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Answering a Call to Serve Houston’s Growing Refugee Community

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January 12, 2017

by Rev. Hannah Terry, Associate Pastor, Westbury United Methodist Church, as told to TMF

Answering a Call to Serve Houston’s Growing Refugee Community

Sometimes God can bring people together through the most unlikely circumstances. For our congregational community in southwest Houston, it started with a phone call from a local apartment manager.

The woman called Westbury United Methodist Church and asked our church receptionist if someone could lead a Bible study at their apartment complex, which mostly housed refugees from Africa.

That single invitation from a neighbor made a profound impact on clergy and lay leaders at the church. We realized God was calling on us to share our congregation’s abundance, to step out of our comfort zone and start building relationships with our neighbors. We responded by reaching out to create a residential ministry, which also meant having a few church staff, including myself, move into the neighborhood. This was crucial in learning how to be in ministry with a community of people who not only spoke very little English, but also had enormously different life experiences than most of our existing congregation.

This initial interaction became the catalyst to create the Fondren Apartment Ministry (FAM) by Westbury UMC, serving the growing refugee community in Southwest Houston. FAM has become a safe oasis of spiritual, emotional and community support for individuals and families trying to start over in a completely new and bewildering country. Grants from TMF have been crucial in providing resources that enable us to be in ministry with our neighbors as they strive to make a positive transition to a new country.

As the Associate Pastor responsible for running FAM, part of my mission has been to live in an apartment complex, along with other young adults in intentional Christian community, so we can see how God is at work in the neighborhood and build positive, trusting relationships with our neighbors. I’ve heard first-hand the heart-rending stories from residents about what drove them to flee their native countries, and the struggles they’ve endured since moving to the United States. We’ve also learned the importance of discovering the gifts that these residents bring to our ministry, as well as their needs.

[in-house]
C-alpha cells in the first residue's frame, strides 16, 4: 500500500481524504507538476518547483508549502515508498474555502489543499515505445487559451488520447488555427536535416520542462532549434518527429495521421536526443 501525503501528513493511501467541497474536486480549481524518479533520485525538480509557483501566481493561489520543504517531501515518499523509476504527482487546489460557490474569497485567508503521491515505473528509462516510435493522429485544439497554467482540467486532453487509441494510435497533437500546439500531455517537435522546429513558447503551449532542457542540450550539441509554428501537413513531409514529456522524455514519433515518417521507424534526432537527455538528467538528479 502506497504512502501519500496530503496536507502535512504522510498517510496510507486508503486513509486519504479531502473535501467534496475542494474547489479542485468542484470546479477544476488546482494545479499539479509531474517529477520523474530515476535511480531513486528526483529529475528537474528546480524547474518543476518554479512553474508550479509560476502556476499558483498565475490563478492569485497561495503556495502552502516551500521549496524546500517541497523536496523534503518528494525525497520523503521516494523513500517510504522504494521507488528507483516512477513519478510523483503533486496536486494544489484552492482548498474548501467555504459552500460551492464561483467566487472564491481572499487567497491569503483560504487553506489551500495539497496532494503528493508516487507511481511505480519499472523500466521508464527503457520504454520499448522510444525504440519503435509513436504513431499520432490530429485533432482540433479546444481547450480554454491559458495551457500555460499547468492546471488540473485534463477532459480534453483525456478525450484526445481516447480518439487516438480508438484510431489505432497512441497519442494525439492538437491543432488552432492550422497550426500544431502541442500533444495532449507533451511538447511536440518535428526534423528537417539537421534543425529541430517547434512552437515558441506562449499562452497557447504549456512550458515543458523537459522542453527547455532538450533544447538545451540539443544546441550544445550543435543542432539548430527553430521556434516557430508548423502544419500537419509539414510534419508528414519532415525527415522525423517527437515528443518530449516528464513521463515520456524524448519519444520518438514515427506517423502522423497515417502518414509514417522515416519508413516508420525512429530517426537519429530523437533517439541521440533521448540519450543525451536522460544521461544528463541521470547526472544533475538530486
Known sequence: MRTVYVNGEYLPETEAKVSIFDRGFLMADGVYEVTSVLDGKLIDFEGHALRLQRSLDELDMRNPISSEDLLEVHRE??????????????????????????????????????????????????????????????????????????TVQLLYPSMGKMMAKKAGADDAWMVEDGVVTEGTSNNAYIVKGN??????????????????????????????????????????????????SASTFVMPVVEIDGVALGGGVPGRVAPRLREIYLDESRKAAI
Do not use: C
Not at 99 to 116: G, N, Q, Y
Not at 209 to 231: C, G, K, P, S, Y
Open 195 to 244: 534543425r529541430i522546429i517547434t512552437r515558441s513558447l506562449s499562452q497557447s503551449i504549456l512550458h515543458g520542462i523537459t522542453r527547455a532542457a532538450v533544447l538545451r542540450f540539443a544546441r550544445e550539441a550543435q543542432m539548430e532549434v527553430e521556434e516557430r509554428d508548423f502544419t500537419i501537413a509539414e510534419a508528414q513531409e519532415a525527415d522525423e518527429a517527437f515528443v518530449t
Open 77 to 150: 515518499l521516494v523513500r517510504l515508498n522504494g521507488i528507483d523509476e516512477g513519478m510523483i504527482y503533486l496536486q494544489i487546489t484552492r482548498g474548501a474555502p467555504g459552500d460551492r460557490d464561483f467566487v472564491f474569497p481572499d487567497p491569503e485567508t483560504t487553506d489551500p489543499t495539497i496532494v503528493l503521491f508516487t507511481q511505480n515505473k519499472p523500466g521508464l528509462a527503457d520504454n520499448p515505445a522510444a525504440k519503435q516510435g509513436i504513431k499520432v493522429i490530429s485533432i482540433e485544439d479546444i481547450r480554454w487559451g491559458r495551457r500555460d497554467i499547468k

While this work is tremendously rewarding, emotionally and spiritually, it can also be challenging, and at times, overwhelming. That is why I am so grateful to have been invited to join TMF’s Ministry with the Poor Learning Community. Being part of this Leadership Ministry group has truly been a life-changing experience for me. I’ve been able to share my experiences with people who understand the stresses and challenges of working with those living in poverty, who also suffer all the indignities of life on the periphery of our society.

More importantly, I’ve gained tremendous knowledge and received amazing counsel from other members of the group. They’ve helped me through challenging circumstances, including one in particular I would like to share.

In 2015 we had 10 students in our confirmation class at Westbury UMC, including four refugee boys from both the Hutu and Tutsi tribes who had recently come to the United States from Africa. At the beginning of the confirmation class, we learned that one boy was being excluded from activities by boys from a different tribe. These kids had endured experiences in their home countries that many of us could never imagine. And with those experiences comes emotional baggage, including tribal strife.

Thanks to the support of my peers in the Ministry with the Poor Learning Community, I received advice and guidance on how to work through the situation, as well as how to help and support our Confirmation Class counselors.

At the end of the class, all four boys were baptized and confirmed together. They developed friendships through the love of Christ.

What’s truly miraculous is how the relationships between the boys have trickled up to their parents. While the families had known each other, their tribal history initially influenced how they interacted. Today, those families worship and participate in church activities together. 

We know that God was in our neighborhood. We just needed to engage our neighbors, learn from each other, establish trust and build solid relationships. That’s what enable us to work together to help bring about the world that God imagines. And it wouldn’t have been possible without the support of TMF.


Editor’s note: Our TMF blog shares stories and essays inspired by our purpose: to help individuals, families, congregations and like-minded organizations achieve their God-inspired potential. Rev. Hannah Terry, Associate Pastor at Westbury United Methodist Church, discusses how TMF Grants, and TMF’s Ministry with the Poor Learning Community, are helping the Fondren Apartment Ministry see miraculous transformations in the lives of neighbors starting their lives over in a new country.

 

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